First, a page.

“This is a very important problem, with some patients gaining sixty to one hundred pounds. Its mechanism is unknown but may involve increased appetite and/or effects on leptin, a hormone important for fat metabolism. Most disturbing are data suggesting that weight gain and the efficacy of the drug may be related, that is, you may have a choice of being fat and non-psychotic or thin and psychotic.” -Torrey, E. Fuller. Surviving Schizophrenia. 1983. Pg 217.
I am a very lucky person who only fully understood and experienced “side effect” after I turned thirty. I am both humbled by and mindful of what modern medication can do.
One of the major adverse side effects of second generation antipsychotic Olanzapine (brand name: Zyprexa) is weight gain. When I started taking Zyprexa for schizophrenia, no one told me about the possible problem of gaining weight. My body adopted to the medication the same way most people did. My body changed how it reacted to food.
The first thing that changed was how hungry I felt when I was eating. I never felt craving before this. But now I did. Having growing up never had to resist food and always had been a stick, I did what I always did. I ate whenever I was hungry. Now, my stomach felt like an endless hole. No matter how much food I put into it during a meal, I could always eat more. I did not feel food the same way. I loved trying new restaurants with friends. I kept eating and gaining weight. I gained 30 plus pounds and went up from size 0/2 to 8/10 in a few months. I finally was worried. Something changed. But it was not me, was it?
During my thirties, there was a few times when I was off my medication. As soon as I was off Zyprexa, my weight dropped. I would lose 15 to 20 pounds in a couple of weeks. I would no longer feel so hungry. I realized and validated that my medication was changing how my body dealt with food. Taking medication to cure a problem traded another (relatively minor, true that is!) problem.
As much as I loved eating, I had to start watching how and what I ate. The side effect was now a reality and I had to learn a new eating habit even though I felt like my old self, that I had not changed. But my life did change because of schizophrenia and I was no longer a skinny Asian stick who did not need to think about the action of eating. Ironically, in the last decade, I spent more time managing my weight than schizophrenic symptoms. (Knock on wood, my schizophrenia is controlled by Zyprexa and I am very thankful for that!) My cousin gave me a wireless scale as a gift in 2012 and I have been tracking my weight daily since then. I learned that if I ate three “normal” meals, normal as in pre-schizophrenia days, I would gain half of a pound a day. It never failed to do that. So I had and have to consistently work on this daily!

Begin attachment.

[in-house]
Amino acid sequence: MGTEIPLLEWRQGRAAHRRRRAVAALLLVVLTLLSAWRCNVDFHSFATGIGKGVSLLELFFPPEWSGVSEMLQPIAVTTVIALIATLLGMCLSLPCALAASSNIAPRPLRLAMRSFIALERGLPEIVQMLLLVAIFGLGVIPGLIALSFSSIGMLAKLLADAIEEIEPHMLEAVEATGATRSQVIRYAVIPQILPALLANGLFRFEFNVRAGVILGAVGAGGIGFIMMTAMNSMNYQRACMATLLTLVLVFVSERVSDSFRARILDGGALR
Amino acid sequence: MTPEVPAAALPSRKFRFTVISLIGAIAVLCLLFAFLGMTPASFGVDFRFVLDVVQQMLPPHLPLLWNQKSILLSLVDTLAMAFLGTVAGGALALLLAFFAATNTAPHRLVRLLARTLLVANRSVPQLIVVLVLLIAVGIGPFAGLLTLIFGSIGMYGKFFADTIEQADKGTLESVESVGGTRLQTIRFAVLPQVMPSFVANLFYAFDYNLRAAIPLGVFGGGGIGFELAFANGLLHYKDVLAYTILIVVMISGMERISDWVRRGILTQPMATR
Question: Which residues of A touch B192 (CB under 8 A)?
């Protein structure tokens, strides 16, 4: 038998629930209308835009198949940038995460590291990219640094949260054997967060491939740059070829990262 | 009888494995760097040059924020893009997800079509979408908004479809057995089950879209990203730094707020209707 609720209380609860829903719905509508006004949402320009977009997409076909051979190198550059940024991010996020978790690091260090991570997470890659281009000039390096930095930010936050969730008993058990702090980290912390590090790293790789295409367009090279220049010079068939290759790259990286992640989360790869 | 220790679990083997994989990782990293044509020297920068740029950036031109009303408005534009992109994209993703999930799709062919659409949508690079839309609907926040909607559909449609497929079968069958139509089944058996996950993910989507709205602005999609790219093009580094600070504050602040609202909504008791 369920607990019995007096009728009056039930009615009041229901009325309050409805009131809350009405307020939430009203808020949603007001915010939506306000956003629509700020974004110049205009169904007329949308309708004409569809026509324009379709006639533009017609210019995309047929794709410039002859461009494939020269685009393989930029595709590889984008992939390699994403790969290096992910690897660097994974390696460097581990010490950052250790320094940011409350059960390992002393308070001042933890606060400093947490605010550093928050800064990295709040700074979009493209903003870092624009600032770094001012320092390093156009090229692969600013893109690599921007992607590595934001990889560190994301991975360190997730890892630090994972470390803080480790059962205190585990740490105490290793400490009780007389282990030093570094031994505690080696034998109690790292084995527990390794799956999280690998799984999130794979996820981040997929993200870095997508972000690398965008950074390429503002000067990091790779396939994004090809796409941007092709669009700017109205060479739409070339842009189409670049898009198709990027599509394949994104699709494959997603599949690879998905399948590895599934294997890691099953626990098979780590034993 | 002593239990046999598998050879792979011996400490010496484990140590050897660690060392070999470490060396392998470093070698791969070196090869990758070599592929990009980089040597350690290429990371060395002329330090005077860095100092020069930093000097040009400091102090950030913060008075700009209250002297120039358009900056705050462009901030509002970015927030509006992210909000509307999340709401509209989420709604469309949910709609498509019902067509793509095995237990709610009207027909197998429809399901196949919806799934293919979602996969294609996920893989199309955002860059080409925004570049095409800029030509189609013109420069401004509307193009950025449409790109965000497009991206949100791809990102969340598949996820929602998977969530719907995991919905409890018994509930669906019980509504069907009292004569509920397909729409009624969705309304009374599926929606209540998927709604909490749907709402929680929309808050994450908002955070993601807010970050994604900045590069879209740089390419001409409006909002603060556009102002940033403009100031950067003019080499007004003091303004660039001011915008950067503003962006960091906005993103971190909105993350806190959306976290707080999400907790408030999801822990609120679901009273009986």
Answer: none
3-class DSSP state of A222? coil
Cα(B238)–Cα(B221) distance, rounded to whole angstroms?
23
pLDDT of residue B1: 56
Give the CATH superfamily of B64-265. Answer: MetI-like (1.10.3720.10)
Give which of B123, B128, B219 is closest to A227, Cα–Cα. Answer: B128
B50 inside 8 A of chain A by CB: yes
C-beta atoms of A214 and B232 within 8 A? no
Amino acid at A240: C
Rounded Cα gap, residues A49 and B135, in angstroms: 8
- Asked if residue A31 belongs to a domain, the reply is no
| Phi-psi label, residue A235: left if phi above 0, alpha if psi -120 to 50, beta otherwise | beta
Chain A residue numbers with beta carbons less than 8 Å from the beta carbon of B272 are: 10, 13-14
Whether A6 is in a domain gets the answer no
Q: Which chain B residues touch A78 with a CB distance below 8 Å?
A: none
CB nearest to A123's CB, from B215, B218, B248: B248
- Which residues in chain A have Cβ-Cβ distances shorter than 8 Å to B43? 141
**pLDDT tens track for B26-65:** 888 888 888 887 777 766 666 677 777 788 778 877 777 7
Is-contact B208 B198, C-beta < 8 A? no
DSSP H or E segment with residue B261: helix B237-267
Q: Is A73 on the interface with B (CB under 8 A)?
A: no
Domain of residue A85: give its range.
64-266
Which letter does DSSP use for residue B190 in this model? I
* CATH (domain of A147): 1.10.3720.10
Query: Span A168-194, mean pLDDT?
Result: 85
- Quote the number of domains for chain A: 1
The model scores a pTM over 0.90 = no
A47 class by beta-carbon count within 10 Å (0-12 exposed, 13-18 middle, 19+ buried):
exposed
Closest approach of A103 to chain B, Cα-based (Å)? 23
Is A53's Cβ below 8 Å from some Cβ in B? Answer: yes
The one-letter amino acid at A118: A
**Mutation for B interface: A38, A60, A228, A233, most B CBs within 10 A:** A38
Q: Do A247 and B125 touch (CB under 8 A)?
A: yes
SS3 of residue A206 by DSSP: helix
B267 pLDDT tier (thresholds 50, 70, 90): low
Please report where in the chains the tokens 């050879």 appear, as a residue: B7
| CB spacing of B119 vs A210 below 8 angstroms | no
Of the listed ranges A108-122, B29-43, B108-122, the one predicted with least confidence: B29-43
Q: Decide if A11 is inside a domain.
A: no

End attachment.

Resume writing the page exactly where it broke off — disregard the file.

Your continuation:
On the bright side, it seems that now my stomach has gained back some sensation in the last couple of years and I do feel a bit more when I eat. Perhaps, my body is readjusting to the medication and bouncing back a bit after a decade!
For the most part, I am still very much a foodie. And to quote my dad, “you are lucky you can eat!” Indeed, I am!
Managing side effects from medications is a serious focus for anyone who is managing a chronical disease and taking medication. We know that life is a balancing act and full of learnings and tradeoffs. It’s not easy but we have to keep at it.
Behind every person and body, there may be a story! We can all be more understanding and not judge someone too quickly.